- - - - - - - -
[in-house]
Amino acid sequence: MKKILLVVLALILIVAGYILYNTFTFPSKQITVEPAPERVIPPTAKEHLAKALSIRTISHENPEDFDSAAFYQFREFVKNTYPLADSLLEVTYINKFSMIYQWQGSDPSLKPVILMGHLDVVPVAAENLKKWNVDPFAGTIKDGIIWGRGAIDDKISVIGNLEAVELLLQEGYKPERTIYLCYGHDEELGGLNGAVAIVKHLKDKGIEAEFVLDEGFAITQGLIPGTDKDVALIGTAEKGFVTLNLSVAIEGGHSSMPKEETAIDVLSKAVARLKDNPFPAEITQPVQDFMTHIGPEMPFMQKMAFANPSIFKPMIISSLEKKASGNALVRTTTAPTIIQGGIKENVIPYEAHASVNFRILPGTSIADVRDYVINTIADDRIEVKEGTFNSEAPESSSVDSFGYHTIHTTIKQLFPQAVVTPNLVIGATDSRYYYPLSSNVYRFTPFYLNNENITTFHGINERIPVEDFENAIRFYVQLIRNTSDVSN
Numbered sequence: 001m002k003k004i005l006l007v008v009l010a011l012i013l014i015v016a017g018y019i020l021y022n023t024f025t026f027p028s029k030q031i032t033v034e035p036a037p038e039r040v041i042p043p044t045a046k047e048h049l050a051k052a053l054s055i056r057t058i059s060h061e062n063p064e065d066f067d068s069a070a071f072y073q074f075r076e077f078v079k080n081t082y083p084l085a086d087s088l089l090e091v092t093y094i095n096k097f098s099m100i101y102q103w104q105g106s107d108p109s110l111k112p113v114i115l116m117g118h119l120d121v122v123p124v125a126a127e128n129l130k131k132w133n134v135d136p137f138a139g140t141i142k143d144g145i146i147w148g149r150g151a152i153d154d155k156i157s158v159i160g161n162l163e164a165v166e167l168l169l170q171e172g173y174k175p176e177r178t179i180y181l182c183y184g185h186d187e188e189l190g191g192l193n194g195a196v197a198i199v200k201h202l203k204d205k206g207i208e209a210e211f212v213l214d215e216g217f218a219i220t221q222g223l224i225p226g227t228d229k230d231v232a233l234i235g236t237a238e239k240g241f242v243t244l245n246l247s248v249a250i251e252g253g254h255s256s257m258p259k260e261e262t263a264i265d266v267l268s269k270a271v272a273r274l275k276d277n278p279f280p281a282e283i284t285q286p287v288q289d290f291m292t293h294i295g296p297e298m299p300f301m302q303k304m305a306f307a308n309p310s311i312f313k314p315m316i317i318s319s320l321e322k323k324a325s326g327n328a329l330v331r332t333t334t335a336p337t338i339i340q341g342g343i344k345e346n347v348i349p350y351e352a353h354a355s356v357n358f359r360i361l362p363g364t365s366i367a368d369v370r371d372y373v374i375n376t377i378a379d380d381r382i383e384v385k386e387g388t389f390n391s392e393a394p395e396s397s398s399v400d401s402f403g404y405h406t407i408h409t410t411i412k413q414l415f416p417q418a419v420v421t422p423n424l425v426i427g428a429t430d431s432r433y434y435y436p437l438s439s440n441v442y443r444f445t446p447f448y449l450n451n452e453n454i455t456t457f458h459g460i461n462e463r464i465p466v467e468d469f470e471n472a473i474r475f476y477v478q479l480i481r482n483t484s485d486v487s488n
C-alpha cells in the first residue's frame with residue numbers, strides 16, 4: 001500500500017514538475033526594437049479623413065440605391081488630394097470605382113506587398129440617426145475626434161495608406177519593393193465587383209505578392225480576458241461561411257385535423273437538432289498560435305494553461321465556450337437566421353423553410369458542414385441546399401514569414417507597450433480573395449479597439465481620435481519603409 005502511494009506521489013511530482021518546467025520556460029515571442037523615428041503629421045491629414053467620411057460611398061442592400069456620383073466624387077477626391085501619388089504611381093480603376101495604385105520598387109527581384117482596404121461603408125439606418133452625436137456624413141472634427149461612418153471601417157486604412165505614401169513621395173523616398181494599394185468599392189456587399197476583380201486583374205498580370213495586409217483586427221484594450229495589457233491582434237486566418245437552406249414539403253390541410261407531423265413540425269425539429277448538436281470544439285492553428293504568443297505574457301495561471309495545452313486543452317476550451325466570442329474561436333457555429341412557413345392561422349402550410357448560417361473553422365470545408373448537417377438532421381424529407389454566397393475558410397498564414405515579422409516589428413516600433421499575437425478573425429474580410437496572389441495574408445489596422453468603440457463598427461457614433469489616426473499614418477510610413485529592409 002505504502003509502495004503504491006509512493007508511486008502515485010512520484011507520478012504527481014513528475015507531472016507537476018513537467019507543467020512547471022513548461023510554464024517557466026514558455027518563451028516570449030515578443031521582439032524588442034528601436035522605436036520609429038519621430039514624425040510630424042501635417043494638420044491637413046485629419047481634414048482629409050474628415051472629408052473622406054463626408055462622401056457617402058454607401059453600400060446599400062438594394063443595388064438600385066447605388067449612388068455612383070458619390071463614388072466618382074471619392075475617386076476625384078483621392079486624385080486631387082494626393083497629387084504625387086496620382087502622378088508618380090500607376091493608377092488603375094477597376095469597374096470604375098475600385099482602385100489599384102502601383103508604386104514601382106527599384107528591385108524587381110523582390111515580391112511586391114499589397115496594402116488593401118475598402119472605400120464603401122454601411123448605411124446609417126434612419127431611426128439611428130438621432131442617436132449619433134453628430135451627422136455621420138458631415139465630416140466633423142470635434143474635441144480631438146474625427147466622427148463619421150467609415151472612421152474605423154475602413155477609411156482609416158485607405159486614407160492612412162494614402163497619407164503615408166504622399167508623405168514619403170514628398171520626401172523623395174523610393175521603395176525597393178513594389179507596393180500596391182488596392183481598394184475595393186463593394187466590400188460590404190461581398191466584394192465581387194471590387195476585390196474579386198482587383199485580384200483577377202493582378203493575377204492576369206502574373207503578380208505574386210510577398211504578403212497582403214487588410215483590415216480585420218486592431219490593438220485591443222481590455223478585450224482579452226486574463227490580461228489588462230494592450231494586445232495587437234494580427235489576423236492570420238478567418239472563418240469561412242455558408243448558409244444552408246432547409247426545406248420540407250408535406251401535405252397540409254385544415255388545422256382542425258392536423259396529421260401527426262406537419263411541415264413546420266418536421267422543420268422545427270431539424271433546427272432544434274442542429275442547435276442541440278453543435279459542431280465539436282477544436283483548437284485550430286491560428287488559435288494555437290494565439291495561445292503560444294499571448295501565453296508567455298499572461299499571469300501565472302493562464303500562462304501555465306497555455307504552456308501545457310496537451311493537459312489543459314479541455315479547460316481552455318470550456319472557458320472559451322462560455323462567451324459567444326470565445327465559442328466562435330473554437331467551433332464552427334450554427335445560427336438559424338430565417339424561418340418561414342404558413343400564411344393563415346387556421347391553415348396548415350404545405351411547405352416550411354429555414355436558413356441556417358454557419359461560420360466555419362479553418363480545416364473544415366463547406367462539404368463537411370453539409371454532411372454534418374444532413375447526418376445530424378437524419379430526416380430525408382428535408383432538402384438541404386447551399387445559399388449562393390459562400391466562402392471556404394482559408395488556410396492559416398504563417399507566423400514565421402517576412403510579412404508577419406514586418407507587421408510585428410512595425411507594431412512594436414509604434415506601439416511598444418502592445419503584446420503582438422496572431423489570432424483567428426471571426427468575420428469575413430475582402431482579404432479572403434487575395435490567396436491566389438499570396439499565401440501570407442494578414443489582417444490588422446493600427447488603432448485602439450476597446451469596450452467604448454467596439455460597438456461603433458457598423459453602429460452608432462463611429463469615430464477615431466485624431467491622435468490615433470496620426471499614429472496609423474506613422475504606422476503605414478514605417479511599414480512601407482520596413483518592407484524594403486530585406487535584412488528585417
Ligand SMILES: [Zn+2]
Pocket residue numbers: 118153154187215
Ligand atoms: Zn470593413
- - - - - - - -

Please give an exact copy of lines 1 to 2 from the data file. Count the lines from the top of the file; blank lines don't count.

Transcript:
[in-house]
Amino acid sequence: MKKILLVVLALILIVAGYILYNTFTFPSKQITVEPAPERVIPPTAKEHLAKALSIRTISHENPEDFDSAAFYQFREFVKNTYPLADSLLEVTYINKFSMIYQWQGSDPSLKPVILMGHLDVVPVAAENLKKWNVDPFAGTIKDGIIWGRGAIDDKISVIGNLEAVELLLQEGYKPERTIYLCYGHDEELGGLNGAVAIVKHLKDKGIEAEFVLDEGFAITQGLIPGTDKDVALIGTAEKGFVTLNLSVAIEGGHSSMPKEETAIDVLSKAVARLKDNPFPAEITQPVQDFMTHIGPEMPFMQKMAFANPSIFKPMIISSLEKKASGNALVRTTTAPTIIQGGIKENVIPYEAHASVNFRILPGTSIADVRDYVINTIADDRIEVKEGTFNSEAPESSSVDSFGYHTIHTTIKQLFPQAVVTPNLVIGATDSRYYYPLSSNVYRFTPFYLNNENITTFHGINERIPVEDFENAIRFYVQLIRNTSDVSN